Materialize has a smaller community compared to Bootstrap, but it is still active and growing. While there may be fewer third-party resources available, the community provides support through forums and social media.

Real-World Usage Examples

Both Bootstrap and Materialize are used in a wide range of websites, from small personal projects to large enterprise applications. Here are some real-world usage examples for each:

Bootstrap Usage Examples

  • Twitter: Bootstrap originated from Twitter, and its influence is seen across various aspects of the site.
  • Lyft: The popular ride-sharing service uses Bootstrap for its website.
  • Vogue: The online presence of the iconic fashion magazine utilizes Bootstrap for its responsive design.

Materialize Usage Examples

  • Firebase: Google’s Firebase uses Material Design and elements of Materialize in its console.
  • Back Market: The refurbished electronics marketplace uses Materialize for its clean and modern interface.

Final Verdict

Choosing between Bootstrap and Materialize ultimately depends on your project’s needs, design preferences, and familiarity with the frameworks.

  • Choose Bootstrap if:
  • You need a highly customizable framework with a vast array of components.
  • You want strong community support and extensive resources.
  • You prioritize accessibility and need a framework that provides robust guidelines.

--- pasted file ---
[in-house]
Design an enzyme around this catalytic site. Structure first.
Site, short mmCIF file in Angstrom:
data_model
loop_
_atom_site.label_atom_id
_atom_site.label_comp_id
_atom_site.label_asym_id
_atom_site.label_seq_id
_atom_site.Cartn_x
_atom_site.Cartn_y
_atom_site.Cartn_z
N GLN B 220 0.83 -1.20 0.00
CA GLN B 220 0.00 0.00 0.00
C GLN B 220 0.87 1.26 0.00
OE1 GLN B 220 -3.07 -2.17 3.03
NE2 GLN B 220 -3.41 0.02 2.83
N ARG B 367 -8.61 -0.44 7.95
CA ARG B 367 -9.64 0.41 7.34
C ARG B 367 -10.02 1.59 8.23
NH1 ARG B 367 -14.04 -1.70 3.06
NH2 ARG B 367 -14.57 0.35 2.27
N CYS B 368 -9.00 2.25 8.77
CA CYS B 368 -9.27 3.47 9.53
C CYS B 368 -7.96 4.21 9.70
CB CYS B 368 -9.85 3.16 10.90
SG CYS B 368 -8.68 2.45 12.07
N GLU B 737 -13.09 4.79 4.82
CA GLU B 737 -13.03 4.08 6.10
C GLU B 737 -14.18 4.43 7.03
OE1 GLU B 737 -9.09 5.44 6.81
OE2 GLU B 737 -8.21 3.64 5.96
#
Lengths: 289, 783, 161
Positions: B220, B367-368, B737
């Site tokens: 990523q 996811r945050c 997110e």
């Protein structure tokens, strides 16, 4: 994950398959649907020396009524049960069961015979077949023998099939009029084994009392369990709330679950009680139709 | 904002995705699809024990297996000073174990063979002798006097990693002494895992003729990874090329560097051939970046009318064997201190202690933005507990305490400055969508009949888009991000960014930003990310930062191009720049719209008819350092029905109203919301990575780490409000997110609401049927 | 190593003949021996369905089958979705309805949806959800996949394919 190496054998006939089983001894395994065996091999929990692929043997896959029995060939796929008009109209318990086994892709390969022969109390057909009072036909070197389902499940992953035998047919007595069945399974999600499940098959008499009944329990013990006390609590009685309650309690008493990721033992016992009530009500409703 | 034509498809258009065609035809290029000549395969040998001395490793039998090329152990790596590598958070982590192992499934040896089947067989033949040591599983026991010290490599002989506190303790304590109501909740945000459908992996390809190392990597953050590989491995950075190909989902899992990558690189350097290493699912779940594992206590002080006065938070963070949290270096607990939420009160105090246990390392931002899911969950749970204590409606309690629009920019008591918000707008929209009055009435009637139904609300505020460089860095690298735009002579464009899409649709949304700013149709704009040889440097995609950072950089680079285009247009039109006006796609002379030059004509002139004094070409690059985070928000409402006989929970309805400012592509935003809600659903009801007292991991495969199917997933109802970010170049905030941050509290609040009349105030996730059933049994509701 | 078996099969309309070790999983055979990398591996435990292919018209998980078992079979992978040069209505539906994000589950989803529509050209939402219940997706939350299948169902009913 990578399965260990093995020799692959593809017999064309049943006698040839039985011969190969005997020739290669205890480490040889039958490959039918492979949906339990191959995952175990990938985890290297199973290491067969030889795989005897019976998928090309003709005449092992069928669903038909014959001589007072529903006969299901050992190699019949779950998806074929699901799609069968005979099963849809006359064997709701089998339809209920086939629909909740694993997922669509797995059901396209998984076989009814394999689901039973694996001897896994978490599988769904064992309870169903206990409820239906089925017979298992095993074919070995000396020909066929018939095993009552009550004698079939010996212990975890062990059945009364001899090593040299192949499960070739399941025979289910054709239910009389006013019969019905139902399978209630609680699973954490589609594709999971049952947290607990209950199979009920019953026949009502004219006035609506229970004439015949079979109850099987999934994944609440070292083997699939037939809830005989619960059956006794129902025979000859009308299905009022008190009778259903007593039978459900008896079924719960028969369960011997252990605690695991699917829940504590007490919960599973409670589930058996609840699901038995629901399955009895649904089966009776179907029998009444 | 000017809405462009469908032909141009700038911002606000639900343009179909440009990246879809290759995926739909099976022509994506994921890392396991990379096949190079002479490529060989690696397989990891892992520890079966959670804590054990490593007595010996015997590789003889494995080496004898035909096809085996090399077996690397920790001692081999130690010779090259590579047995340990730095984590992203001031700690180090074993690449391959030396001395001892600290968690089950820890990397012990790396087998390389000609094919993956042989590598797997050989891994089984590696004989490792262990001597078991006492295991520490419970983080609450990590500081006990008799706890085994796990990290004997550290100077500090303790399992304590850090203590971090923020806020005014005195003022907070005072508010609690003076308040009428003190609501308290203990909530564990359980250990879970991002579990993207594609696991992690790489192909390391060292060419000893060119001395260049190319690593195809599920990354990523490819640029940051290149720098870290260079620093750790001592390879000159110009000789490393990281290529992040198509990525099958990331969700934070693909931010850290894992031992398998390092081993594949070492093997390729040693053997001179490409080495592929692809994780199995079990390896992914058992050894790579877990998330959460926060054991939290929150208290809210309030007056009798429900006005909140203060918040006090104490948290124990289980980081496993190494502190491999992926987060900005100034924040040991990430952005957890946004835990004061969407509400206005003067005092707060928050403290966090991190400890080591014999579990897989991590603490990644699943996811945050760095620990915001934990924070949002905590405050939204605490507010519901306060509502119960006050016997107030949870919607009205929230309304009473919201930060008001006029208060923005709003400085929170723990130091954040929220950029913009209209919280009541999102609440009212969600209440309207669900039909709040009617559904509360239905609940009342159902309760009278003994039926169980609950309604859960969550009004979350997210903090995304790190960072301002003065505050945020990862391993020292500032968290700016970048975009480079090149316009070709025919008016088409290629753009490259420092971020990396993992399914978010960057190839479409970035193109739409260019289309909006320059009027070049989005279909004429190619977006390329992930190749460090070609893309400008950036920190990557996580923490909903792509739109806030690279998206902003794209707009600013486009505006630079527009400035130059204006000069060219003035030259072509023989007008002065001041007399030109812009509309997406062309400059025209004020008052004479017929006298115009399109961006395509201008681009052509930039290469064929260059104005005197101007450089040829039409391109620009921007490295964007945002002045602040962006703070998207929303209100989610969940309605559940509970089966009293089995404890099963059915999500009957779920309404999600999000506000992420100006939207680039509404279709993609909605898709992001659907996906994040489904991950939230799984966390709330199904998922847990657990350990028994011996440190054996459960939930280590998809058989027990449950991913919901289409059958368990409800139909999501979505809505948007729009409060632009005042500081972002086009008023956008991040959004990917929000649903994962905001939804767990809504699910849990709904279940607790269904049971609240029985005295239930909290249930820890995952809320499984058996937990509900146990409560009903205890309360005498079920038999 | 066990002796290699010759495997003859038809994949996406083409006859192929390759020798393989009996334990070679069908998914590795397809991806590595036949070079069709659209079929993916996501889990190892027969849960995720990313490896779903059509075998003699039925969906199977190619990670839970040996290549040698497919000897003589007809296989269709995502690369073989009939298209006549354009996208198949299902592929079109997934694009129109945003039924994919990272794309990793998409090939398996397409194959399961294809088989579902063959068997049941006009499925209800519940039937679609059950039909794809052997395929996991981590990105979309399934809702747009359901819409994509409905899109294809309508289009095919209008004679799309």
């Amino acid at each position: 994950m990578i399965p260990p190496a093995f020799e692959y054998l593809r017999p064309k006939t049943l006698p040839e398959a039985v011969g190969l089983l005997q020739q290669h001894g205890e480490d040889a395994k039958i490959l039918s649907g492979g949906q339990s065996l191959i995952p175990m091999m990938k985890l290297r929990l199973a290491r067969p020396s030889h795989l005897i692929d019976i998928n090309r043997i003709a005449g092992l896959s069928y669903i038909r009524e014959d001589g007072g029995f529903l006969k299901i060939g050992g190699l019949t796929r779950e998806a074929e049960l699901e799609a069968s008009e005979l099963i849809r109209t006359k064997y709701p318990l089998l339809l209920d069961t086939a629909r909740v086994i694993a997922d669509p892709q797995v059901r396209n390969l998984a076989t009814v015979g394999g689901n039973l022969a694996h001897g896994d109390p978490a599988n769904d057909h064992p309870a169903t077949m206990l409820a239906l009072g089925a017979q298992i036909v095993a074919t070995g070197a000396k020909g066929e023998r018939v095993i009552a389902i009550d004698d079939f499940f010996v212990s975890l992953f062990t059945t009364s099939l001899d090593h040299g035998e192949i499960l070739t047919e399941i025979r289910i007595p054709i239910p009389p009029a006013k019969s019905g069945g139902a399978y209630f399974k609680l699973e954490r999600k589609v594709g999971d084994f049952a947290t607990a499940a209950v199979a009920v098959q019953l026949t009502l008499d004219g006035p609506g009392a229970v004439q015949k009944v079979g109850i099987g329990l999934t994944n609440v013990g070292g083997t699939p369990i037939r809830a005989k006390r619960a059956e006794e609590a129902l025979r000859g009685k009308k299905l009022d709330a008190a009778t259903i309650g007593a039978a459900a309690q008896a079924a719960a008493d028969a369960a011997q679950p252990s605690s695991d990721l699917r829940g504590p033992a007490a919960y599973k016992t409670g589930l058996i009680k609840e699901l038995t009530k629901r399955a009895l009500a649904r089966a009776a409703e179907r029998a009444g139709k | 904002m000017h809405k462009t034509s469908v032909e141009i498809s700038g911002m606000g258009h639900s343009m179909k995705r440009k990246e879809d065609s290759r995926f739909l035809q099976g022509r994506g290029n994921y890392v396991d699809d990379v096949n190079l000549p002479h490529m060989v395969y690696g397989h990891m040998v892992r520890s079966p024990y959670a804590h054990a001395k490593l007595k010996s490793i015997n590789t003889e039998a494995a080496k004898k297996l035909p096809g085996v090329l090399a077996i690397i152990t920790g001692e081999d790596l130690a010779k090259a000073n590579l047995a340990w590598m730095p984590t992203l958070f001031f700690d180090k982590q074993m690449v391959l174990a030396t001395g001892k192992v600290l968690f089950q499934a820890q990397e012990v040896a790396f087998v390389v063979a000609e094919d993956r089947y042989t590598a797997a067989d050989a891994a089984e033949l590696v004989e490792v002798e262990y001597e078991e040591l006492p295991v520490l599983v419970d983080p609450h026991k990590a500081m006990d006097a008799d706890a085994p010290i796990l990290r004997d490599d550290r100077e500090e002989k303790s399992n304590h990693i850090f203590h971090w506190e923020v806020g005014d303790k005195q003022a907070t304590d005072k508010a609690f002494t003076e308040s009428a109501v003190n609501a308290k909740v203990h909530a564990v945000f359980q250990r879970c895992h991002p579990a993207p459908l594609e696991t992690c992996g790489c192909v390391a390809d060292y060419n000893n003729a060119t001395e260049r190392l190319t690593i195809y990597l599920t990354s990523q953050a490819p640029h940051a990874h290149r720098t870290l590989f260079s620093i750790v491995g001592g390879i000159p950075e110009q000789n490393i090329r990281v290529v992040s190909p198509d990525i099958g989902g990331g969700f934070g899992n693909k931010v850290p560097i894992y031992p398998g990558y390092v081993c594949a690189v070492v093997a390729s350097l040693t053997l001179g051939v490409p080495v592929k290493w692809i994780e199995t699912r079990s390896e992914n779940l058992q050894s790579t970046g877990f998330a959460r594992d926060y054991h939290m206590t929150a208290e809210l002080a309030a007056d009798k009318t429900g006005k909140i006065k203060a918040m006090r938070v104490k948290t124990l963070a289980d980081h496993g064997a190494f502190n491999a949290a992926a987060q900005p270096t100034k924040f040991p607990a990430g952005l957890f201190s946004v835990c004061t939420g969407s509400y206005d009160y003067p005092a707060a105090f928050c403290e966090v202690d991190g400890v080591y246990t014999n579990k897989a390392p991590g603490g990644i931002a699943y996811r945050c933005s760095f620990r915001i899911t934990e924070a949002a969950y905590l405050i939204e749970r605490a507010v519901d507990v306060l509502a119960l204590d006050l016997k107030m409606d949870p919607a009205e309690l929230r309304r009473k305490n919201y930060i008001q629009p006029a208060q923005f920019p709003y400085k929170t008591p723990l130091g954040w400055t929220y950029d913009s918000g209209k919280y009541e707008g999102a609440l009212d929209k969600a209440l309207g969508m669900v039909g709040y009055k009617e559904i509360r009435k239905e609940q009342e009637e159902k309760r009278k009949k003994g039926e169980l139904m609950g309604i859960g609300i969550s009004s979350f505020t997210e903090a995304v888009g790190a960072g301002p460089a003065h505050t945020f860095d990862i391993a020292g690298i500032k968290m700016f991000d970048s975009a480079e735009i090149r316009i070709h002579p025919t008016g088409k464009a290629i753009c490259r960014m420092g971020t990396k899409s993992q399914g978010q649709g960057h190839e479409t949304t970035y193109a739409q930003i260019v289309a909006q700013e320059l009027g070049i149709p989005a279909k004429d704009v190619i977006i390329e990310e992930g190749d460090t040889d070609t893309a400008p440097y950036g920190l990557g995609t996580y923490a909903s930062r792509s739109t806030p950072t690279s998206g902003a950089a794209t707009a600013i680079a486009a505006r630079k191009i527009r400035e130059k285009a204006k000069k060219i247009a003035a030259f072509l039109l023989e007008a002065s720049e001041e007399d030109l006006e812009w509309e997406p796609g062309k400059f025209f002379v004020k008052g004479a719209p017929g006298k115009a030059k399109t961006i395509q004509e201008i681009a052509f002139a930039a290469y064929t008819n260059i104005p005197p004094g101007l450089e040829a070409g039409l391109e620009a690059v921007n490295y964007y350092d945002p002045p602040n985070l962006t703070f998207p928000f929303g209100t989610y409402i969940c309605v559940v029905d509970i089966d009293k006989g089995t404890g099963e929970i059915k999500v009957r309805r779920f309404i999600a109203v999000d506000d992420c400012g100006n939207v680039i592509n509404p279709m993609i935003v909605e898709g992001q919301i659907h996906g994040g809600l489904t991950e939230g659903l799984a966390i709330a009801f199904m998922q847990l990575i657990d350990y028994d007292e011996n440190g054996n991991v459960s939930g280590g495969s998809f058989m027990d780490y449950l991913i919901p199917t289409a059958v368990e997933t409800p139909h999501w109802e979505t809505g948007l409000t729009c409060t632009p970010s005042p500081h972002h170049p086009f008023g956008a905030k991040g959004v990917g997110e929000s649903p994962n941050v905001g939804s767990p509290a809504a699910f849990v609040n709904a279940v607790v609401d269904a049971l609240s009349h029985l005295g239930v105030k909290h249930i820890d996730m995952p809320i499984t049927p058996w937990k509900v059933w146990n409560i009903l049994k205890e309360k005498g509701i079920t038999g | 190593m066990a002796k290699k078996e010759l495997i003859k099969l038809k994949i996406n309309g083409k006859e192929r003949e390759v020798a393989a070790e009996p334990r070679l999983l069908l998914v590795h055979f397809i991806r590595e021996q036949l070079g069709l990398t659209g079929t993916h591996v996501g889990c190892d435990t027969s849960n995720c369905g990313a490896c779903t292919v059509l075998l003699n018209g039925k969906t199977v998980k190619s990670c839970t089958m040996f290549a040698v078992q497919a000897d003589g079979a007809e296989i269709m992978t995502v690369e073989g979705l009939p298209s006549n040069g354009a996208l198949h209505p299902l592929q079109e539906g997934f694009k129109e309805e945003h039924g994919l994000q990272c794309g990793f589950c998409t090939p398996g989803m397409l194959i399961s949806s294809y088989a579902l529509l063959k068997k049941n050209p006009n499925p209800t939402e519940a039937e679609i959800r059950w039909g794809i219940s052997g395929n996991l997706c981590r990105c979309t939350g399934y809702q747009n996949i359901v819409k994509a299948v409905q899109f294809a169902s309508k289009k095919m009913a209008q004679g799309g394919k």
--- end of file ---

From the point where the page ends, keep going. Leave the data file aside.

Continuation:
• Choose Materialize if:
  • You prefer the aesthetic of Material Design and want a framework that adheres to those principles.
  • You want a framework that is easy to use with minimal setup.
  • You do not require jQuery and prefer a lighter JavaScript footprint.

Both Bootstrap and Materialize have their strengths and weaknesses, and the decision between them should be made based on the specific requirements of your project. It’s also worth noting that you can combine aspects of both frameworks or even switch between them as your project evolves.

In conclusion, Bootstrap and Materialize are powerful tools for web development. By understanding their differences and evaluating your project’s needs, you can make an informed decision on which framework will serve you best. Whether you prioritize design, performance, community, or ease of use, both frameworks offer a solid foundation for building responsive, modern web applications.